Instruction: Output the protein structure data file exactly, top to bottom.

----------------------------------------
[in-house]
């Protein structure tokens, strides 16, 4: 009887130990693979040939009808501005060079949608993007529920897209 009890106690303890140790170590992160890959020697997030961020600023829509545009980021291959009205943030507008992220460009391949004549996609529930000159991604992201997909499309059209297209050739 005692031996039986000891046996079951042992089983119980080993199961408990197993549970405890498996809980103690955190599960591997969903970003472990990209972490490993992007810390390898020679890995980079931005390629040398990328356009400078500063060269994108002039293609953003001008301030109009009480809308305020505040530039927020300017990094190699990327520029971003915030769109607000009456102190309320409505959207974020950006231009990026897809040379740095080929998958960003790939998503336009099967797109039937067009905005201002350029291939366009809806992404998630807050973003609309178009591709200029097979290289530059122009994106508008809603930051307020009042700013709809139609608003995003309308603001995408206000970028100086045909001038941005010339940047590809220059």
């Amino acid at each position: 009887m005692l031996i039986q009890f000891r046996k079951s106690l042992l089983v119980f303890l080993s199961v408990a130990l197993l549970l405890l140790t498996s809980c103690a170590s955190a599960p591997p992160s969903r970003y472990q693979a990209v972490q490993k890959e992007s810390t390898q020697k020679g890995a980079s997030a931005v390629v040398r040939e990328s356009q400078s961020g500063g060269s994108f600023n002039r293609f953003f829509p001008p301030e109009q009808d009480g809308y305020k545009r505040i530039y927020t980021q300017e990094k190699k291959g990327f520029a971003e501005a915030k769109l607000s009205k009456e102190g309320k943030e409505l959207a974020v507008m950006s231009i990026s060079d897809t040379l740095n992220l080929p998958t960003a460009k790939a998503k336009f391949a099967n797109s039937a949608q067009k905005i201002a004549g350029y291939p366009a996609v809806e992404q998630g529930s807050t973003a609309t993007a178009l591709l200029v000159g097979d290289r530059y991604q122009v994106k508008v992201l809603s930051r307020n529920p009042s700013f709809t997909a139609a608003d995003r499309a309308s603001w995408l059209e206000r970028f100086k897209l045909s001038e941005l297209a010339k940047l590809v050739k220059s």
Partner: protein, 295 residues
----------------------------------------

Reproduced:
[in-house]
């Protein structure tokens, strides 16, 4: 009887130990693979040939009808501005060079949608993007529920897209 009890106690303890140790170590992160890959020697997030961020600023829509545009980021291959009205943030507008992220460009391949004549996609529930000159991604992201997909499309059209297209050739 005692031996039986000891046996079951042992089983119980080993199961408990197993549970405890498996809980103690955190599960591997969903970003472990990209972490490993992007810390390898020679890995980079931005390629040398990328356009400078500063060269994108002039293609953003001008301030109009009480809308305020505040530039927020300017990094190699990327520029971003915030769109607000009456102190309320409505959207974020950006231009990026897809040379740095080929998958960003790939998503336009099967797109039937067009905005201002350029291939366009809806992404998630807050973003609309178009591709200029097979290289530059122009994106508008809603930051307020009042700013709809139609608003995003309308603001995408206000970028100086045909001038941005010339940047590809220059």
């Amino acid at each position: 009887m005692l031996i039986q009890f000891r046996k079951s106690l042992l089983v119980f303890l080993s199961v408990a130990l197993l549970l405890l140790t498996s809980c103690a170590s955190a599960p591997p992160s969903r970003y472990q693979a990209v972490q490993k890959e992007s810390t390898q020697k020679g890995a980079s997030a931005v390629v040398r040939e990328s356009q400078s961020g500063g060269s994108f600023n002039r293609f953003f829509p001008p301030e109009q009808d009480g809308y305020k545009r505040i530039y927020t980021q300017e990094k190699k291959g990327f520029a971003e501005a915030k769109l607000s009205k009456e102190g309320k943030e409505l959207a974020v507008m950006s231009i990026s060079d897809t040379l740095n992220l080929p998958t960003a460009k790939a998503k336009f391949a099967n797109s039937a949608q067009k905005i201002a004549g350029y291939p366009a996609v809806e992404q998630g529930s807050t973003a609309t993007a178009l591709l200029v000159g097979d290289r530059y991604q122009v994106k508008v992201l809603s930051r307020n529920p009042s700013f709809t997909a139609a608003d995003r499309a309308s603001w995408l059209e206000r970028f100086k897209l045909s001038e941005l297209a010339k940047l590809v050739k220059s």
Partner: protein, 295 residues